My research is focused on modelling and observing the flow of ice and water in ice sheets and glaciers.
During my PhD I studied the flow of water beneath glaciers and ice sheets through the development and analysis of mathematical models. I studied how ice-dammed lakes fill and drain beneath glaciers, showing how simple models can be used to predict approximately when lakes will drain, lakes can fill and drain chaotically and lakes affect the flow of glaciers through their impact on subglacial water pressures.
My work at the British Antarctic Survey focused on using radar to constrain present and past ice flow in the Ronne Ice Shelf region of West Antarctica. We used a phase-sensitive radar system to measure an ice-dynamical phenomenon called the Raymond Effect.
In a paper from 2016, we used phase-sensitive radar and GPS to infer vertical and horizontal ice flow fields throughout the thickness of Korff Ice Rise, West Antarctica. We used these englacial flow fields with radar observations of internal layers within the ice rise to show that the flow of his part of the ice sheet underwent a reorganization around 2-3 kyr ago. Continued research into the history of the West Antarctic Ice Sheet is bringing together geophysical and sedimentological data with ice-sheet modelling, to understand large-scale change during the last few thousand years.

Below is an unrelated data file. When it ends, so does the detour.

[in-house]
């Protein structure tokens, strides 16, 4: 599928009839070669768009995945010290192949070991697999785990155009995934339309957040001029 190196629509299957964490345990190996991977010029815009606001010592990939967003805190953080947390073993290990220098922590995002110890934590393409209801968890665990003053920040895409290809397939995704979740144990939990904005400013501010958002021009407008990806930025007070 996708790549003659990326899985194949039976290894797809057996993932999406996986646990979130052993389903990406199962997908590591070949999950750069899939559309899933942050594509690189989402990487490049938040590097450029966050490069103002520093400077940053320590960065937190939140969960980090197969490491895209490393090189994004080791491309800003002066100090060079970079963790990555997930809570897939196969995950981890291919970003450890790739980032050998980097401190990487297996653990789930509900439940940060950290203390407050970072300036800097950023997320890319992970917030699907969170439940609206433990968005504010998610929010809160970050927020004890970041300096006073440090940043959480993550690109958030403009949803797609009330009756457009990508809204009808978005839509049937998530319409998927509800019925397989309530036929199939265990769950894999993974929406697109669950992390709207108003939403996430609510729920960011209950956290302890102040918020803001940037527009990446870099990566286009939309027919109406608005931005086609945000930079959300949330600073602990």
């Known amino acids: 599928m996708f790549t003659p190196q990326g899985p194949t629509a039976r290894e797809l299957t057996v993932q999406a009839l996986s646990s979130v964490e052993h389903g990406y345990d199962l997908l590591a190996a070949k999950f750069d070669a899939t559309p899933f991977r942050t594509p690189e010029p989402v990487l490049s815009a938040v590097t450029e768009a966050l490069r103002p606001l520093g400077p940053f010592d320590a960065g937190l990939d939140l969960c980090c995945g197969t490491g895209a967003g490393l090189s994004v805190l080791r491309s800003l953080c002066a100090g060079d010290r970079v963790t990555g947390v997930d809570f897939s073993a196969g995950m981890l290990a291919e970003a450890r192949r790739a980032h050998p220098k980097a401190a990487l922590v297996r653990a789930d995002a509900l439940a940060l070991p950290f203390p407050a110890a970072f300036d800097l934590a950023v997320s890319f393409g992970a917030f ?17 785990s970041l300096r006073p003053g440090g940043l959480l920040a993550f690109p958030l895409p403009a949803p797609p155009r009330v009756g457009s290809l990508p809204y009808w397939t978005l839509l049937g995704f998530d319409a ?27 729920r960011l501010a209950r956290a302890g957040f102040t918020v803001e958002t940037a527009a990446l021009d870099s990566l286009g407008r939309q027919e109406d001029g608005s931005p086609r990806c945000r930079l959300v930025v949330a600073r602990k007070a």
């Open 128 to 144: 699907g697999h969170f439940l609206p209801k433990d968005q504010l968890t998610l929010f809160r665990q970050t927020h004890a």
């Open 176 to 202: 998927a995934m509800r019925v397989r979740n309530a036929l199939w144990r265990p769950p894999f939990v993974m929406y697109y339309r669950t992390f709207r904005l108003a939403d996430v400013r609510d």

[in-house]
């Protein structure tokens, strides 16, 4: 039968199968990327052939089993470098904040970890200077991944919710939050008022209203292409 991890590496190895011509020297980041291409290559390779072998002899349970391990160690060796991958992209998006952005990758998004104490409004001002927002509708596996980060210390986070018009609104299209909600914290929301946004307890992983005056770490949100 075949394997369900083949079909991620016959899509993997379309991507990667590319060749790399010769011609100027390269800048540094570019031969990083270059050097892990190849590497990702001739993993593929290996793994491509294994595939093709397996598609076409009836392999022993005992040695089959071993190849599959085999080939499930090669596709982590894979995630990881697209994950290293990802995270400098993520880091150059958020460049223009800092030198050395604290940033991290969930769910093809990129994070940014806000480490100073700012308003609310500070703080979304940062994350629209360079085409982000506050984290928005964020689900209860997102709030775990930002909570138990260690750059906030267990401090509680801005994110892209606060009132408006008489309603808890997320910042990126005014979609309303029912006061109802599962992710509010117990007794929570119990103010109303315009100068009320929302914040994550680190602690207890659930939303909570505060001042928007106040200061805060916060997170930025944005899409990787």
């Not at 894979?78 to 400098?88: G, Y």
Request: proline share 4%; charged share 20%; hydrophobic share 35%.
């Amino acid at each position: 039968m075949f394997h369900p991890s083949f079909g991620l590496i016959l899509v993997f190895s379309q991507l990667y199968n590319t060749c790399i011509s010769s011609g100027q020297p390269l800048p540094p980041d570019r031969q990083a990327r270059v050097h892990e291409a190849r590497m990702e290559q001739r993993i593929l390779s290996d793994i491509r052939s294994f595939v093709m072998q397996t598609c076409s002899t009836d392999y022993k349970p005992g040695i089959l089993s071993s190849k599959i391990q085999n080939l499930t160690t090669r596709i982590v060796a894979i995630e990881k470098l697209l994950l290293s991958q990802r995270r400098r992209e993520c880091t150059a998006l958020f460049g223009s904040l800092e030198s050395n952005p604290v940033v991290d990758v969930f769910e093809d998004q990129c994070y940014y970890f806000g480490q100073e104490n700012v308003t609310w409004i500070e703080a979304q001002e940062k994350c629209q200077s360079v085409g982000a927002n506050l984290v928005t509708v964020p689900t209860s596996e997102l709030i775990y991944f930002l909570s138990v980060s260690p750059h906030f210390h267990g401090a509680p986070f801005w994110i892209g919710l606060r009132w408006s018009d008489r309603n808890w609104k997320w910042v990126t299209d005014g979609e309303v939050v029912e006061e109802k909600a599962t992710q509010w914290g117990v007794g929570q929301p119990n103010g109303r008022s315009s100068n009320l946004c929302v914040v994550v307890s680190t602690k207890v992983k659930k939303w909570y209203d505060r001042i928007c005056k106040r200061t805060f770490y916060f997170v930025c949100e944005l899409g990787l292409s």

Though my PhD work was focussed on lakes that drain subglacially (beneath glaciers and ice sheets), I was also interested in surface melt ponds and how they drain supraglacially (across the surface of the ice). Both subglacial and supraglacial drainage can involve flow paths that grow due to frictional melting from the flowing water, so some aspects of these two types of drainage are similar. I modelled the physics of supraglacial drainage, finding that melt ponds can drain stably or unstably over the surface of the ice. Which style of drainage occurs depends on factors like the size and shape of ponds and the input to the lake from its catchment. This is potentially significant because these factors may vary systematically as the climate changes, and drainage style fundamentally impacts the amount of water that is drained towards the ocean. This work is published here.
At Lamont I have been able to revisit supraglacial hydrology. Throughout 2016 I, along with Lamont colleagues, explored the supraglacial hydrology (i.e. hydrology that goes on on the surface of ice) of Antarctica. This has been exciting because only a few previous studies have looked at water moving across the surface of Antarctica, but we concluded that surface water flow potentially has an important role to play in the future of the Antarctic Ice Sheet.
In two papers (here and here) recently published in Nature, and summarized in the same issue (here), we showed that water has been moving long distances onto and across many Antarctic Ice Shelves for many decades (possibly much longer). Our research is now focussed on understanding how these drainage systems operate and how they develop under changing environmental conditions. Julian Spergel, a PhD candidate in the Earth and Environmental Sciences department here at Columbia, is leading this work.
These observations of widespread supraglacial hydrology in Antarctica are interesting because as the continent warms, water could either move into areas where it can cause ice shelves to collapse, or it could evacuate water into the oceans as shown by one of our papers. The movie below, taken from a helicopter, shows a large water fall at the front of the Nansen Ice Shelf.